New Jersey Legislature Approves Daily Fantasy Sports Bill

New Jersey has taken a definitive step towards legalizing daily fantasy sports (DFS) in the state after its legislature approved a bill that seeks to regulate and tax the DFS sector. The bill now awaits Gov. Chris Christie’s signature. The bill was cleared with a majority 29-6 vote.

Under the proposed bill, there will be a tax of 10.5 percent on the winnings offered by DFS companies. According to an Office of Legislative Services report, New Jersey could receive up to $6.6 million annually as tax revenue from the DFS market.

In a statement Sen. James Whelan said

It’s a consumer protection measure as opposed to something we’re looking to make a ton of money off of. Hopefully the governor will sign this and we’ll be able to keep daily fantasy sports going in New Jersey. That was always the goal

The measure is a part of many being taken by the state to give its struggling gaming industry a fillip, and comes in the wake of the decision by U.S. Supreme Court to hear New Jersey’s case against a federal law banning sports betting.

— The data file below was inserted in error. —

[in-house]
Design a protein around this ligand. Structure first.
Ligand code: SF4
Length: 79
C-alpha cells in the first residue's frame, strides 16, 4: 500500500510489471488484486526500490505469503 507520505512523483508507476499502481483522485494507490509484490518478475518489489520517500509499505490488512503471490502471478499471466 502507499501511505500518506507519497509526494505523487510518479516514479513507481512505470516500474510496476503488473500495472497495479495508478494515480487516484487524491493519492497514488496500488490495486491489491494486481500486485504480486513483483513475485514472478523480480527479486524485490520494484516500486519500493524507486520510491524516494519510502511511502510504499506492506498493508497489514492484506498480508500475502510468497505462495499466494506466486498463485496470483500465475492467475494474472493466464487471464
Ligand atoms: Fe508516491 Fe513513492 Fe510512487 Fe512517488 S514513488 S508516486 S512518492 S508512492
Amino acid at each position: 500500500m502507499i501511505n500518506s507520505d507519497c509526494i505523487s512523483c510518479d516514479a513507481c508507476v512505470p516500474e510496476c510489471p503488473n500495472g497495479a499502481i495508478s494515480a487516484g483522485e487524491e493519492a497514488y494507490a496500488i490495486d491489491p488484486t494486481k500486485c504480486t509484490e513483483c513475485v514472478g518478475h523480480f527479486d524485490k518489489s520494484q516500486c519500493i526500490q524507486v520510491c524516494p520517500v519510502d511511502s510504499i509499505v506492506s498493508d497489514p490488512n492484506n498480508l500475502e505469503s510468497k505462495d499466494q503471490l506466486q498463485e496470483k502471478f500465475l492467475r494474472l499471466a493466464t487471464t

CBS New York

New Jersey’s DFS bill has categorized daily fantasy sports contests as a game of skill and not chance. As a result, it isn’t considered as gambling and will not be under the purview of the Division of Gaming Enforcement. The State Division of Consumer Affairs, which comes under the Department of Law and Public Safety will instead be providing oversight for the industry.

The bill permits casino licensees as well as licensed race tracks to tie up with fantasy sports operators for offering DFS contests. The bill however requires casinos that are offering DFS services to locate all of its servers to Atlantic City. If the DFS site is being operated outside of New Jersey, then at least one of the servers needs to be located in Atlantic City.

The bill includes a number of provisions to protect customers such as restricting those below 18 years from accessing DFS websites. Players who have registered themselves in the casinos’ self-exclusion lists will not be allowed to play. The bill also prohibits DFS operators from running contests that are based on high school sports.

If the bill receives Christie’s approval, New Jersey will become the 12th state to have a legal DFS industry. Illinois is also close on the heels with the state legislature approving a DFS online gaming bill recently.


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